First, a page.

As a target of the Brazilian government, the Ministry of Science, Technology and Innovation - MCTI is currently promoting initiatives for the resumption of research on rare earths in Brazil. Thus, the present study shows results of research conducted by the Centre for Mineral Technology - CETEM aiming at contributing to the structuring and development of a rare earth supply chain, considered as promising and strategic for Brazil.
A synthetic liquor of rare earths was produced with a rare earth composition similar to an actual liquor corresponding to the leaching stage of a Brazilian monazite. Beyond batch laboratory tests for investigation of process variables, a micro continuous pilot plant was operated for monitoring of performance at each stage of extraction. The tests had as their main objective to verify the best conditions for the separation of LREE from other rare earth elements in a synthetic liquor.
The quantitative analysis was performed for the elements La, Pr, Nd and Sm. Sm was used as a reference for the separation between light and heavy elements. In the case of the pilot plant, Gd was also analyzed. The synthetic liquor of rare earth chlorides was prepared from their oxides with added in stoichiometric excess HCl and heated. Before the addition of HCl, a paste was made with the mixture of oxides and distilled water in a beaker to facilitate the solubility of the same.
After the preparation of this paste, the beaker was heated on a hot plate and HCl was added slowly. The rare earth elements are completely solubilized when the solution becomes clear. After this process, the beaker should be heated to reduce the initial volume and form a wet and compact paste. The final mixture should then be transferred to a flask and the final volume completed with distilled water. All the rare earth compounds were supplied by Nuclear Industries of Brazil S. The absence of cerium in the synthetic liquor was designed to simulate a liquor from which cerium had been previously removed by precipitation.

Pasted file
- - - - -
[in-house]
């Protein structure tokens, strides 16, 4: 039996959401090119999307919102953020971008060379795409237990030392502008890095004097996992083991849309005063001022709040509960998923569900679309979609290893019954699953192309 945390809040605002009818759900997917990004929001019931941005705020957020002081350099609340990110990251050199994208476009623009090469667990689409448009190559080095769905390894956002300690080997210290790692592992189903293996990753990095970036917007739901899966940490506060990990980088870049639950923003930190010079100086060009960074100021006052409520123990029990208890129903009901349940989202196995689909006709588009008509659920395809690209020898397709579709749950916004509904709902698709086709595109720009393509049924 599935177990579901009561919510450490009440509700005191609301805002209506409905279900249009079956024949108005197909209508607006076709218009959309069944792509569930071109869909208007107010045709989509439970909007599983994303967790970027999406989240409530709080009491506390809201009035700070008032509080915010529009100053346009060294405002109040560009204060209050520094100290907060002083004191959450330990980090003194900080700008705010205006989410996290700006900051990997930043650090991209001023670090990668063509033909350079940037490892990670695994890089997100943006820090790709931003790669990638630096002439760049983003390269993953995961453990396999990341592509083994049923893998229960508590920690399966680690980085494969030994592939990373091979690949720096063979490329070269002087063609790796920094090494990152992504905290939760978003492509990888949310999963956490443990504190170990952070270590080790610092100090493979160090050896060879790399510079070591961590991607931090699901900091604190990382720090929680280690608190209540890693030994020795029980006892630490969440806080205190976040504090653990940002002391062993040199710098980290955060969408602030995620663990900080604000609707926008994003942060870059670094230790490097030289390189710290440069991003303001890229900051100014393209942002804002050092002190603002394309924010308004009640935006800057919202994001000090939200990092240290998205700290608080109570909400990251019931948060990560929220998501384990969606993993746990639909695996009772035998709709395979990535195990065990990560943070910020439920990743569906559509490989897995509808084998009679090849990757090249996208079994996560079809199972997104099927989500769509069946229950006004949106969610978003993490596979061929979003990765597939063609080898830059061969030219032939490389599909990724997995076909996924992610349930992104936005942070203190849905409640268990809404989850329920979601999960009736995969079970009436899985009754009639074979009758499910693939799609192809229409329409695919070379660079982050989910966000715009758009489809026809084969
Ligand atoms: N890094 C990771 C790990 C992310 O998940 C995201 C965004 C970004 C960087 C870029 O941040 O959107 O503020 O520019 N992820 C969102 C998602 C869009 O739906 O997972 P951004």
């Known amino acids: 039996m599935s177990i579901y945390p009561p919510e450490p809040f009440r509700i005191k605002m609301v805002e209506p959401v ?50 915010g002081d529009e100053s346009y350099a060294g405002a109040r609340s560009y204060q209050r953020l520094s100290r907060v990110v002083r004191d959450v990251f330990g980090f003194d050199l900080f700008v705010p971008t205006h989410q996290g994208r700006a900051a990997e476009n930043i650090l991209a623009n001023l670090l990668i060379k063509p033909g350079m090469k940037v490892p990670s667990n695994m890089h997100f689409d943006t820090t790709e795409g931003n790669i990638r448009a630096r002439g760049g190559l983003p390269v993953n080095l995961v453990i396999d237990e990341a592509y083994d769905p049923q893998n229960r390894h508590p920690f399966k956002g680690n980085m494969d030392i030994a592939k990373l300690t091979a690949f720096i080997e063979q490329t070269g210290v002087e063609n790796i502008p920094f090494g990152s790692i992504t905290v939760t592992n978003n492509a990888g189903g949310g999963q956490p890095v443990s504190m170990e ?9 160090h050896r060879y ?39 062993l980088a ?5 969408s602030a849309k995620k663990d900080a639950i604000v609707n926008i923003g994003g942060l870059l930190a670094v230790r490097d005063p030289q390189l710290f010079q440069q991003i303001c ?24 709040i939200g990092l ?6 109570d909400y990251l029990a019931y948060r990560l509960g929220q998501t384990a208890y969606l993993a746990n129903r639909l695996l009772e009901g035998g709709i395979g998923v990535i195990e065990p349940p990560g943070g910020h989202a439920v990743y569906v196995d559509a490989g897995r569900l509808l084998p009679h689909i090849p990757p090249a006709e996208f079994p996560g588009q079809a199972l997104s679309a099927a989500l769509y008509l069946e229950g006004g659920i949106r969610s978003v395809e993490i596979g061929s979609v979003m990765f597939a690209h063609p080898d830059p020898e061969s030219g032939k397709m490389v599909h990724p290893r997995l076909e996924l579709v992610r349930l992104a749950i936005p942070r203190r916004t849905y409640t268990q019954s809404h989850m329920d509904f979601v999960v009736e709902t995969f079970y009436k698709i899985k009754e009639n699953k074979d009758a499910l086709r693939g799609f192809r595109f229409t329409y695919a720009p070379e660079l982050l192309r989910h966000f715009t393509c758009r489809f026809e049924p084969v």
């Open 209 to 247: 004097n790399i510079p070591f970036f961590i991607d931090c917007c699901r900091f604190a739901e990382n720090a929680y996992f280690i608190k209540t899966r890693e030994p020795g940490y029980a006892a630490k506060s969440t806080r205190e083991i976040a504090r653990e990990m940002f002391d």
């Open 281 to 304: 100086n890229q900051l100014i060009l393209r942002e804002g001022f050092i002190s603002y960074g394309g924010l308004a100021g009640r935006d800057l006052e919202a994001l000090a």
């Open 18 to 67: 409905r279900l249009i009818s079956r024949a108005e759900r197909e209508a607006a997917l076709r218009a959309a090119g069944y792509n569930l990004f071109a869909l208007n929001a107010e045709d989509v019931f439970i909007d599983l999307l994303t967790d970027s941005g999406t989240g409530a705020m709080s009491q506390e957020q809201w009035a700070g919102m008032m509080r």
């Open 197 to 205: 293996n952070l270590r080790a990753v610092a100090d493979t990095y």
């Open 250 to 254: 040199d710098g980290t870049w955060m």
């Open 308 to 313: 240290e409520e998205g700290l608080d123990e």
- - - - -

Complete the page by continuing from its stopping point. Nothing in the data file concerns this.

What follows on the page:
The extraction system was composed of organic solutions of DEHPA Di- 2-ethylhexyl phosphoric acid , in different concentrations. Concentrations of rare earth in the aqueous phases were determined by optical emission spectrometry with inductively coupled plasma — ICP-OES Agilent , and the concentrations of the organic phase were determined by mass balance. The tests were performed varying the initial pH of the liquor to investigate the influence in the percentages of extraction and separation factor.
The pH of the liquor was initially set to a value determined in each test with addition of HCl 6. The extraction tests were performed in Erlenmeyer flasks under agitation of rpm in a reciprocal shaker IKA , 15 minutes and at room temperature. After this time the solution was put at rest for 40 minutes in a separation funnel for the separation phase.
The tests followed the same methodology described in section 2. The time influence between 15 and seconds on the percentage of extraction was studied. In all tests, the pH was maintained at 1. A volume of 50mL of aqueous and organic solutions wasused. The tests were also conducted in a beaker with magnetic stirring. These tests were performed to construct the McCabe-Thiele diagram for determining the number of stages required in a circuit of extraction for the separation of heavy rare earths from other lighter elements.
Seven tests were performed at three different pH values 0. The tests were conducted following the same methodology of the other previous tests. The continuous counter-current experiments were carried out in a sequence of mixer-settler stages, with mixers of mL and settlers of mL. Six stages for extraction were used as shown in Figure 1. The DEHPA Di- 2-ethylhexyl phosphoric acid is a kind of typical organic phosphoric acid extractant, widely used for rare earth separation because of its higher extraction efficiency.